Two of the more challenging jobs in America this week: public relations manager for former CIA director David Petraeus, and Miami Marlins ticket agent.
Many Marlins fans were in a foul mood Wednesday, after the club unloaded five players and $160million in payroll in a 12-player trade, the latest in a string of fire sales. Just seven months ago, 40,000 fans showed up for the Marlins FanFest, giddy about the brand-spanking new stadium in Little Havana, eager to see marquee free agent signings Jose Reyes, Heath Bell and Mark Buehrle.
Team president David Samson boasted on that day that the Marlins were approaching 15,000 season-ticket holders, more than triple what they had their final season at Sun Life Stadium. That put them in the upper third of Major League Baseball after ranking 125th among all pro teams, behind all hockey teams and even some minor-league baseball teams.
Samson said there was “a whole different vibe” around the team in April, dubbed it “Mar-lin-sanity,” and predicted that ticket sales would soar for the foreseeable future.
The Marlins’ attendance increased a whopping 44.1 percent, from 19,007 per game in 2011 to 27,400 per game in 2012. They ranked 18th in the majors in attendance, up from 28th the year before. The Marlins had ranked between 28th and last place for eight of the previous nine seasons. Although that was cause for celebration and optimism in the Marlins’ front office, the 27,400 was the worst average paid attendance for a team in a new ballpark of the 14 parks built since 2000.
The New York Yankees, who also opened their stadium in April, drew 45,918 per game. St. Louis, which christened its new building in 2006, drew 42,588 that year. And San Francisco drew 40,930 its first year at its new park.
History shows that after a couple of years in a new stadium, the novelty wears off and attendance dips. The dip might come sooner for the Marlins. They finished last in the National League East with a 69-93 record, fired much-hyped first-year manager Ozzie Guillen, and then, the Tuesday dismantling.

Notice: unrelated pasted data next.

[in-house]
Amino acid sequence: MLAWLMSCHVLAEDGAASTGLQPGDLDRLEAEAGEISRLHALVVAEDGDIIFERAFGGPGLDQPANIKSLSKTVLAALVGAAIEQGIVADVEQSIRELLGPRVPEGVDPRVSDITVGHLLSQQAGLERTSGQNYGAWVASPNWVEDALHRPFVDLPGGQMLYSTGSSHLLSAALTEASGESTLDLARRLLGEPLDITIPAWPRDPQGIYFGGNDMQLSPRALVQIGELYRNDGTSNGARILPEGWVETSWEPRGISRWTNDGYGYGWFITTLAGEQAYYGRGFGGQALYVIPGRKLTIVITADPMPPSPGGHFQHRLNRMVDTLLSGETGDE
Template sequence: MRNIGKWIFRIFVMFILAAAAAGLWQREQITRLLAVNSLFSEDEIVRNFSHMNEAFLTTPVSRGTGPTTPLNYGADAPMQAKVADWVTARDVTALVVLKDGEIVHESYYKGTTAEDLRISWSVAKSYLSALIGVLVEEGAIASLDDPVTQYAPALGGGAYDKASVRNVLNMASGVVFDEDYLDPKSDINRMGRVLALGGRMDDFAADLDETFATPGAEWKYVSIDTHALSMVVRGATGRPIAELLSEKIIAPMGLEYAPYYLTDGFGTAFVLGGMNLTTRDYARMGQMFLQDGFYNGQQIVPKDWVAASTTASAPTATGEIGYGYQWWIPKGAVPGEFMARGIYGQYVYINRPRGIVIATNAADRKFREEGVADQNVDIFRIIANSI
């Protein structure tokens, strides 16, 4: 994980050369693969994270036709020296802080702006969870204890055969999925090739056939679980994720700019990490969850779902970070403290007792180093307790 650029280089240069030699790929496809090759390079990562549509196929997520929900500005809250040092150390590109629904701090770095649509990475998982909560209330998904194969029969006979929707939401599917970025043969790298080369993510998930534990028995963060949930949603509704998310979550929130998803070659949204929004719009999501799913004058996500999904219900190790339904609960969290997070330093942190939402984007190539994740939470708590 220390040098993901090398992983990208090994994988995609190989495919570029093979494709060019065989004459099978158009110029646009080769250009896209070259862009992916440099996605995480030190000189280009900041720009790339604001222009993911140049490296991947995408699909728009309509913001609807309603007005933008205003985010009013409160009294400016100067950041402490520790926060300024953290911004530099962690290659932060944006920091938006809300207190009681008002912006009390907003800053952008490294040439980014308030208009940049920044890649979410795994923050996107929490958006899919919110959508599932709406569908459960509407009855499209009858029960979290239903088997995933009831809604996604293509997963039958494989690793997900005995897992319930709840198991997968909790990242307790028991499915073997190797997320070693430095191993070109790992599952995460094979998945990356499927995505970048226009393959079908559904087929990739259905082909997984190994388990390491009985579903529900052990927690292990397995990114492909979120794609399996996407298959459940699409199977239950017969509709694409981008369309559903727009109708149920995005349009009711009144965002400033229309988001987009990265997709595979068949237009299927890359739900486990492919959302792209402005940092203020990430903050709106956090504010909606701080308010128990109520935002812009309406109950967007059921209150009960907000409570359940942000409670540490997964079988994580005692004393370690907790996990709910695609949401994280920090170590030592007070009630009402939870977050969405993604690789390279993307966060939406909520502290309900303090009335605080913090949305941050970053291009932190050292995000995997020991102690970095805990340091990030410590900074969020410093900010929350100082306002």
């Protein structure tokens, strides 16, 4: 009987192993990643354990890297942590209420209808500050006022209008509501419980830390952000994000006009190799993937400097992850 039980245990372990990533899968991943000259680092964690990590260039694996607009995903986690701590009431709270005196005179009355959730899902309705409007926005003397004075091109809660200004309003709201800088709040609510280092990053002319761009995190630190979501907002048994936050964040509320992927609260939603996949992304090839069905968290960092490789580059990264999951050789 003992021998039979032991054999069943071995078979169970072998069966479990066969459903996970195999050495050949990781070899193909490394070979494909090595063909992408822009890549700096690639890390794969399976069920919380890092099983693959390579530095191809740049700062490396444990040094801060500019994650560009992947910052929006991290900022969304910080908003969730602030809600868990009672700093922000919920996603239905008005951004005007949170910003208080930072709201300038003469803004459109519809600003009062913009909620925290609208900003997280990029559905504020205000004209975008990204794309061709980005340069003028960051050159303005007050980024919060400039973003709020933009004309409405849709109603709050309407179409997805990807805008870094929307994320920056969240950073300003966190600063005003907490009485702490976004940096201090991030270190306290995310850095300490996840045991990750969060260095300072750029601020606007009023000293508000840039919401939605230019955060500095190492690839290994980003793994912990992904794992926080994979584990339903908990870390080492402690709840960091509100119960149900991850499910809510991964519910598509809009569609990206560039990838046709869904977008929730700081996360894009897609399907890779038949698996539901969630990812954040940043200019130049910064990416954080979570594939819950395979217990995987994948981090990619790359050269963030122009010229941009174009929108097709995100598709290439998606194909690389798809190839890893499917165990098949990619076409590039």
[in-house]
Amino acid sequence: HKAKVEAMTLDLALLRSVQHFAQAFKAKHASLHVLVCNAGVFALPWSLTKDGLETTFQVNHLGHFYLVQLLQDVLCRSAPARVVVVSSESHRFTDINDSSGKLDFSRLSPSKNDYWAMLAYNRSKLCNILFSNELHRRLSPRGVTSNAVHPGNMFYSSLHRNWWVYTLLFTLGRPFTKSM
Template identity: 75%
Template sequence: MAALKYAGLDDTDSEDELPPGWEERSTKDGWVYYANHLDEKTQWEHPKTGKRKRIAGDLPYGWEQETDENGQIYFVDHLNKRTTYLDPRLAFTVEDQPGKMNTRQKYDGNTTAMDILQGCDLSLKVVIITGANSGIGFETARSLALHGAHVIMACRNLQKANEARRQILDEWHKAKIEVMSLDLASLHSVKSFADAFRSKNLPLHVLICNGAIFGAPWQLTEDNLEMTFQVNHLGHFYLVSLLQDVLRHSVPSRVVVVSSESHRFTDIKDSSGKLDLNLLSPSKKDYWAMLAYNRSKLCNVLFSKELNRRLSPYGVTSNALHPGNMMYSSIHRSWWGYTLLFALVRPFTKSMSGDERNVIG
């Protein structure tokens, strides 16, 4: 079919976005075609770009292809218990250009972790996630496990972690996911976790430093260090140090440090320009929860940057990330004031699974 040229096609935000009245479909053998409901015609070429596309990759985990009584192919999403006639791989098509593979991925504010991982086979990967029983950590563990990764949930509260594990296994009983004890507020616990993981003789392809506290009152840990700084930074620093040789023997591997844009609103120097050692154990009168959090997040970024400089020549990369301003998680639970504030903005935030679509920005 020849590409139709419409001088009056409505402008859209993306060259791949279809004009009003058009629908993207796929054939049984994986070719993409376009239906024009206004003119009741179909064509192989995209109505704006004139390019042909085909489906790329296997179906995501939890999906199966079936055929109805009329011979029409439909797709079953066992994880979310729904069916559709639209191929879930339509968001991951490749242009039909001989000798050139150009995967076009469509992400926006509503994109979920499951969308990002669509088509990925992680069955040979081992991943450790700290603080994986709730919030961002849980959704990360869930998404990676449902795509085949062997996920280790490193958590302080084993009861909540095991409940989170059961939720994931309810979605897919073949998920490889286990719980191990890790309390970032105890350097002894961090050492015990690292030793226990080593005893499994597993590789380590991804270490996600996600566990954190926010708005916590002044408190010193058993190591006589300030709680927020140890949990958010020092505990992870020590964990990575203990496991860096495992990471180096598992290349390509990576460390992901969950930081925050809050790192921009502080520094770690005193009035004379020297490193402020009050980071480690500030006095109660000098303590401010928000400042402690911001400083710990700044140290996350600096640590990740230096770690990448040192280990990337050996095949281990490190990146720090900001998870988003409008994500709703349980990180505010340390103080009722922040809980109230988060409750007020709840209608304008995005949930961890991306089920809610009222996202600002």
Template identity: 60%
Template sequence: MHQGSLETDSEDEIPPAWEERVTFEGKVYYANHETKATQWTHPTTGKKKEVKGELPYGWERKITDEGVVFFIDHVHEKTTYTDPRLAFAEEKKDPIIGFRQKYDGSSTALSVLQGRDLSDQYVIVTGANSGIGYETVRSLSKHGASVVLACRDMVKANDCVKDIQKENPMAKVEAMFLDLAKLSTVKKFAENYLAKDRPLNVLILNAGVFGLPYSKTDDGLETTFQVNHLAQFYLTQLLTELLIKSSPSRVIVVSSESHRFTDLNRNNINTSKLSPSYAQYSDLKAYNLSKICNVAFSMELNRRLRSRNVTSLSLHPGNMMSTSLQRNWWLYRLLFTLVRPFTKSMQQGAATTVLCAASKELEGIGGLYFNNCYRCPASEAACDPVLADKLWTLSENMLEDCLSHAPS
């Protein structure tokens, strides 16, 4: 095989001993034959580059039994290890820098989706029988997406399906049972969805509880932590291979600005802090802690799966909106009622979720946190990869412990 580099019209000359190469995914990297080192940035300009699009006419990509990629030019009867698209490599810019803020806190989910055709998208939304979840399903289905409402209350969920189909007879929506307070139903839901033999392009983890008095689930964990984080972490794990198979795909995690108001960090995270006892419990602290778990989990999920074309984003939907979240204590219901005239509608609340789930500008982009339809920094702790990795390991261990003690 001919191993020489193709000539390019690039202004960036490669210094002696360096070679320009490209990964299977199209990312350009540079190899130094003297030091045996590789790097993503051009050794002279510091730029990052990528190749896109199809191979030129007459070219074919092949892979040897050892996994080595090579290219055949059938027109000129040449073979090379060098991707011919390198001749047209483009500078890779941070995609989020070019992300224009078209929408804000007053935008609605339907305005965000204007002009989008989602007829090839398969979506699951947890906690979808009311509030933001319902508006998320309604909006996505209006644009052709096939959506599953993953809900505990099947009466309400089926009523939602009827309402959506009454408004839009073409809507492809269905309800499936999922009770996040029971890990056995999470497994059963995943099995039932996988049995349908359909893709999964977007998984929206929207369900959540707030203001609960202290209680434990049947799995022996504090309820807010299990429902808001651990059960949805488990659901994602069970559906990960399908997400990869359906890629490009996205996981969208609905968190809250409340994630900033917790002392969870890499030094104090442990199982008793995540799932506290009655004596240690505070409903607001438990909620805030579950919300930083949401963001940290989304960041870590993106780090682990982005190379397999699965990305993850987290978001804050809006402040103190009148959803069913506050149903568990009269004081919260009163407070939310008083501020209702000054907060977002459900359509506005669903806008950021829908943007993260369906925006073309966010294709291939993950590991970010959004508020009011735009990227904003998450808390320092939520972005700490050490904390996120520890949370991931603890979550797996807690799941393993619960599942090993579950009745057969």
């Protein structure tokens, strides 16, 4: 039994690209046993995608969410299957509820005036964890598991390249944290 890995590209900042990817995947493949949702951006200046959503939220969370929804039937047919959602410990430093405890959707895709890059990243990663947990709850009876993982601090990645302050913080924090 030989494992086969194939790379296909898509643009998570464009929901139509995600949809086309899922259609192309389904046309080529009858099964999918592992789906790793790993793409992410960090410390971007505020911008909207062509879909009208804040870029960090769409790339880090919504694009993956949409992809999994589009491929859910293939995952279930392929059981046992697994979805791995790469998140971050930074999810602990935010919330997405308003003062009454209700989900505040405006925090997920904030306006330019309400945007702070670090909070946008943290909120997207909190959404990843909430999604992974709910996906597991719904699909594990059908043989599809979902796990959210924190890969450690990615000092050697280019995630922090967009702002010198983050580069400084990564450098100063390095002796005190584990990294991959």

The Marlins ticket office got plenty of calls Wednesday from disgruntled fans, who also hit the airwaves and Twitter. The team, through spokeswoman Carolina Perrina de Diego, declined to comment on whether fans threatened to cancel their season tickets. But some longtime fans told The Miami Herald they would not renew.
Jose Gomez, 65, of Miami, has owned season tickets on and off since 1995. He called the trade “a travesty” and said he would not renew his 2012 ticket package.
“I love baseball too much to say that I will boycott attendance but I will only buy occasional seats in the secondary market for the next several seasons,” Gomez said. “I would like to apologize to Norman Braman and all others who apparently knew this owner better than a lot of us. I have in the past defended Marlins ownership and felt vindicated by the charade of free agent signing last winter. I even accepted the Hanley [Ramirez] trade as better for the franchise long term. Now I see that we were all duped and learned what folks in Montreal knew and warned us about [Marlins owner Jeffrey] Loria and his lackeys.”
Carlos Martin, 39, of Miami, bought season tickets last season but said he won’t renew.
He called the trade “a betrayal of fans, especially the season-ticket holders. Loria should be forced by MLB to sell the team. At this point, it’s hard to pony up for season tickets when I can buy tickets for less than $1 on StubHub. I likely will not renew as long as Loria owns the team.”